Albendazole for mass treatment of asymptomatic trichuris infections
aminotransferase concentrations when it is used at higher
Over recent years the mortality of young children in
developing countries has been reduced by mass
Forrester and colleagues have examined three
immunisation, but there is no cause for complacency since
anthelmintic regimens (albendazole 400 mg/day for 3
many currently non-immunisable threats to their health
consecutive days, albendazole 400 mg/day once only, or
remain. One major, and previously under-appreciated,
pyrantel once only), each given for three courses with 4-
threat to physical fitness and cognitive development is
month intervals. They followed up patients for 12 months
intestinal nematode infestation. Despite medical advances
after randomisation. For ethical reasons there was no
in other areas, the global prevalence of intestinal
infestation by worms is largely unchanging, while the
albendazole regimen reduced trichuris intensity by 99%,
number of cases is rising.1,2 Recognition that young
compared with reductions of 87% and 67% in the single-
children carry the heaviest burden of intestinal worms,
dose albendazole and pyrantel groups, respectively. Arm
circumference increased more with the 3-day albendazole
accompanied by the availability of cheap and effective
group in the patients with the heaviest trichuris infestation
drugs, hence the calls for periodic mass treatment of high-
(weight, height, and skinfold thickness were no different).
risk populations in developing countries.3
However, in the children with the lightest infestation,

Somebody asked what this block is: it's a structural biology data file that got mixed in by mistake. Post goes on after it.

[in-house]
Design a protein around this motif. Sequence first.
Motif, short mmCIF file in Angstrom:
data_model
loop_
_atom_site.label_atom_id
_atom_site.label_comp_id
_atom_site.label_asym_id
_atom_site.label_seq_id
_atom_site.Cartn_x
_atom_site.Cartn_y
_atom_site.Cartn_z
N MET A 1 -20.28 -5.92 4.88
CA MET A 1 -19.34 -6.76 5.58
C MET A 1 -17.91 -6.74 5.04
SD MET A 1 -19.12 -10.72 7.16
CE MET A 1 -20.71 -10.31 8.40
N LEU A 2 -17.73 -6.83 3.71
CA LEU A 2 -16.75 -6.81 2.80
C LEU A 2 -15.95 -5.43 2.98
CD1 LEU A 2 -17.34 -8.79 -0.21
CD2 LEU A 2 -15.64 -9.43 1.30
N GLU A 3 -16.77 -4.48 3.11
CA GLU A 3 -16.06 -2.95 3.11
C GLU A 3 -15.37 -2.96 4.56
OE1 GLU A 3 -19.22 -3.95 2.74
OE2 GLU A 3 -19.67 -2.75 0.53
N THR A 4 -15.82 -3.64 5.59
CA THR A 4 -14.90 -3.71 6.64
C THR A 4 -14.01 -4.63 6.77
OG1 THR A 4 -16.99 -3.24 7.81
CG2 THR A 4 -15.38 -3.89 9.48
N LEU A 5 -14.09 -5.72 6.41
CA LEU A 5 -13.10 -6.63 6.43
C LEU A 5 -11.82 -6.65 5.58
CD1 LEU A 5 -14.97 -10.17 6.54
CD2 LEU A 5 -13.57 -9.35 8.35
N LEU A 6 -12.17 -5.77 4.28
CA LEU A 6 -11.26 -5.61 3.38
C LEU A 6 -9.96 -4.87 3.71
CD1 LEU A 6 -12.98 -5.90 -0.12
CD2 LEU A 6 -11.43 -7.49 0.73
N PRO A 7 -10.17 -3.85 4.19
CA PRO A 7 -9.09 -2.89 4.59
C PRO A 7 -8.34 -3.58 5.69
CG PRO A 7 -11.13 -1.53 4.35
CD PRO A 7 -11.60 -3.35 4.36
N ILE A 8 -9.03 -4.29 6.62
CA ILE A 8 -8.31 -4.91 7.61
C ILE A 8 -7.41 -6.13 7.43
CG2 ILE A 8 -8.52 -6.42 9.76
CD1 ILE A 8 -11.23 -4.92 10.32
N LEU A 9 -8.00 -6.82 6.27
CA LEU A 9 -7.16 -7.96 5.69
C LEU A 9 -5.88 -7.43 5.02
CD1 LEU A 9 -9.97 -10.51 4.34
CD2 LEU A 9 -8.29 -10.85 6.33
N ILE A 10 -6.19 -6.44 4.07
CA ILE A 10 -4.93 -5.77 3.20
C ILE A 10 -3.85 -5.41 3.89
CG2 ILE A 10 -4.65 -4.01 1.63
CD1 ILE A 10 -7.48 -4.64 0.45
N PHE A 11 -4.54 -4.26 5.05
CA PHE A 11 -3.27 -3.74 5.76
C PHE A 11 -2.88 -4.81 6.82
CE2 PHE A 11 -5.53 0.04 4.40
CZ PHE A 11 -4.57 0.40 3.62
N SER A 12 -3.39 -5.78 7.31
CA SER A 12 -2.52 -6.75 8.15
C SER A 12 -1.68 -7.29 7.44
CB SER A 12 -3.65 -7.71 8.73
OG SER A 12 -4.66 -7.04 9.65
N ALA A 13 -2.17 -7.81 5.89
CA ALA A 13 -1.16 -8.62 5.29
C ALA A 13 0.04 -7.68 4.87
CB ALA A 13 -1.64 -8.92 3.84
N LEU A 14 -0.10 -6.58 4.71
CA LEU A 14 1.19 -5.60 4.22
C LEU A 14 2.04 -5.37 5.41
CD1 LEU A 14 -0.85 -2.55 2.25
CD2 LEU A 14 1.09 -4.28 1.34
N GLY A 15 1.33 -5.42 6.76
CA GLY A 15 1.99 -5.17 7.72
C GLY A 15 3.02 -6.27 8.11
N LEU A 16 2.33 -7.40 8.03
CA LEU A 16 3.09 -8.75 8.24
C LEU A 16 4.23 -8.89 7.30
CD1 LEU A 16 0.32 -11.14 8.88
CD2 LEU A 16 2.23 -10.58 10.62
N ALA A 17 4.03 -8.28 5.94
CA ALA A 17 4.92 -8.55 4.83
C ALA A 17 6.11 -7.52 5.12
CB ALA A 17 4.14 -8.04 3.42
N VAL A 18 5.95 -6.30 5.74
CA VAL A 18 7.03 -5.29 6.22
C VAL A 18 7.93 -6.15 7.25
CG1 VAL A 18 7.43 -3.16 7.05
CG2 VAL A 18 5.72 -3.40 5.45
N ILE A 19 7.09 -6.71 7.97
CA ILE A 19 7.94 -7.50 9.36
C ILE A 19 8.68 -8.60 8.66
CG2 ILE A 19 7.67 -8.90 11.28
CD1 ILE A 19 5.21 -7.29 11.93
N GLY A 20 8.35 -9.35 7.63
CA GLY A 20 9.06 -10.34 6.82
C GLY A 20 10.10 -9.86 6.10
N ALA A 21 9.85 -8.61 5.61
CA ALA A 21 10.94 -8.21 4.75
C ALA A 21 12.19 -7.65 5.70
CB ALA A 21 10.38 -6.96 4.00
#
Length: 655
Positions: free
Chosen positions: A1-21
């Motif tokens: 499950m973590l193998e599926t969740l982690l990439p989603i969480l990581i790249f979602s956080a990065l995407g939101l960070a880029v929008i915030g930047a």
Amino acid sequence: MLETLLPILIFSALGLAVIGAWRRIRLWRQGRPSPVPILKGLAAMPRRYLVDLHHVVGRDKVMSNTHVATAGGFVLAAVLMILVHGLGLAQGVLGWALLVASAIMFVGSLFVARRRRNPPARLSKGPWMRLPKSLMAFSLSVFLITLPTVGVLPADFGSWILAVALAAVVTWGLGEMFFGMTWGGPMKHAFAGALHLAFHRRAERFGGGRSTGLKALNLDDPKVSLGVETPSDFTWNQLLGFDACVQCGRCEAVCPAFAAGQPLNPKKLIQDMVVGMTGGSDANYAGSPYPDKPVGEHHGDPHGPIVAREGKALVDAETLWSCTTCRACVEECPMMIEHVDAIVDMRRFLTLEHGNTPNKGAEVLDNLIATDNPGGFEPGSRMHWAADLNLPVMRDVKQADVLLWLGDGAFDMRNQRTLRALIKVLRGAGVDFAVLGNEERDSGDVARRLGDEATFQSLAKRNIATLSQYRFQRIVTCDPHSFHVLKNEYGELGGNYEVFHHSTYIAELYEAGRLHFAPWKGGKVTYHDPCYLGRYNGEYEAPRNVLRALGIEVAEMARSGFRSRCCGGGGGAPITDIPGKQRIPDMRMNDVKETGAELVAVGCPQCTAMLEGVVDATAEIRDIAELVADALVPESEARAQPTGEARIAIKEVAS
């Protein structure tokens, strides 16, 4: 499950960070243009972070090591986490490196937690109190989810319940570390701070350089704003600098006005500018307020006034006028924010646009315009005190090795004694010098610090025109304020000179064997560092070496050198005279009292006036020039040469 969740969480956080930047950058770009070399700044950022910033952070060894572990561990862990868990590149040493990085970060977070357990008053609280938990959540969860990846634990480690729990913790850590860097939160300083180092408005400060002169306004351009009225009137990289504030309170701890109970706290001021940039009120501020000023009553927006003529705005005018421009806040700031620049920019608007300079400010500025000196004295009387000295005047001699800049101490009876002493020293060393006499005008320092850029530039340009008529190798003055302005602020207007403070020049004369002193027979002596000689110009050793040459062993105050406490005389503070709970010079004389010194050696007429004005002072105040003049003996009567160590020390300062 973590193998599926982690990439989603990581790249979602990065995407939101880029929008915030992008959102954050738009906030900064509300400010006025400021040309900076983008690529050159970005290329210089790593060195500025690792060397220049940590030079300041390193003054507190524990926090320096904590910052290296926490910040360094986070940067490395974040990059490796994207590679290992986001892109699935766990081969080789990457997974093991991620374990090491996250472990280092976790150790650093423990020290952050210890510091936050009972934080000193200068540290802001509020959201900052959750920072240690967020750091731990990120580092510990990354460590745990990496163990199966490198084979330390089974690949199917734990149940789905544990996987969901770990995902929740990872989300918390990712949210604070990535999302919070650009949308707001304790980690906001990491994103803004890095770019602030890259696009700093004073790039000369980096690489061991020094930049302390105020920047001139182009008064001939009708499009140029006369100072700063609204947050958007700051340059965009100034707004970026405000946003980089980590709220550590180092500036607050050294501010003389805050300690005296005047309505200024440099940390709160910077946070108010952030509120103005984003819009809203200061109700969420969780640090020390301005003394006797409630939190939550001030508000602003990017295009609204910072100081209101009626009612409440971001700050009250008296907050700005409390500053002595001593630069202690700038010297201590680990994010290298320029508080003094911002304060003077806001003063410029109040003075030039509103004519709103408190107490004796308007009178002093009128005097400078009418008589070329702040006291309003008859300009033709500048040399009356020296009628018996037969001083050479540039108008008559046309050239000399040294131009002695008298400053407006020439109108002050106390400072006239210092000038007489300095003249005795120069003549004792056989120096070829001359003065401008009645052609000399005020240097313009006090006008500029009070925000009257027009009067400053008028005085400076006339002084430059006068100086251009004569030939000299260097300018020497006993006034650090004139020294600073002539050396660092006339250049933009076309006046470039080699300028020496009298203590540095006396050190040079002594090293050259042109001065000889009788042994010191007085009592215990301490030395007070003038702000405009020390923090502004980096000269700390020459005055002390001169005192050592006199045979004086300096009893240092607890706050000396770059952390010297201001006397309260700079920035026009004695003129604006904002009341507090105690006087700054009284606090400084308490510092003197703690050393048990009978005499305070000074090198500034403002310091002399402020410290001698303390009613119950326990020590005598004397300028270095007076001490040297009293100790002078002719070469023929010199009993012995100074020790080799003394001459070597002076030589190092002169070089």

Trichuris trichiura (the “whipworm”) is a common
weight, arm circumference, and skinfold thickness seemed
intestinal nematode in tropical countries and is generally
to be adversely affected by the 3-day albendazole regimen.
accompanied, in the same host, by other parasites,
After careful analysis, but hampered by the lack of control
including Ascaris lumbricoides and hookworm species.
groups, the researchers conclude that asymptomatic
Adult T trichiura inhabit mainly the caecum but can
trichuriasis, and the 3-day course of albendazole, probably
parasitise the whole colon. Light infections are generally
impair growth. What are the implications of this finding on
asymptomatic, but heavy infestation can produce severe
albendazole for mass-treatment programmes?
clinical illness, including anaemia, finger-clubbing, bloody
There is no such thing as a safe drug. It follows that
diarrhoea, and rectal prolapse. The harmful effects of
therapy invariably results from a risk versus benefit
“trichuris-dysentery syndrome” on growth in young
analysis (by patient or physician but preferably both).
children have been reported, as has catch-up growth after
Such analyses are starkest when drugs are taken prophy-
lactically, when the risks of the drug must be small
T trichiura infection are less well understood although, in
compared with those of the disorder being prevented.
general, the assumption has been that the infection is
However, asymptomatic intestinal helminthiasis produces
relatively benign. In today’s Lancet, J E Forrester and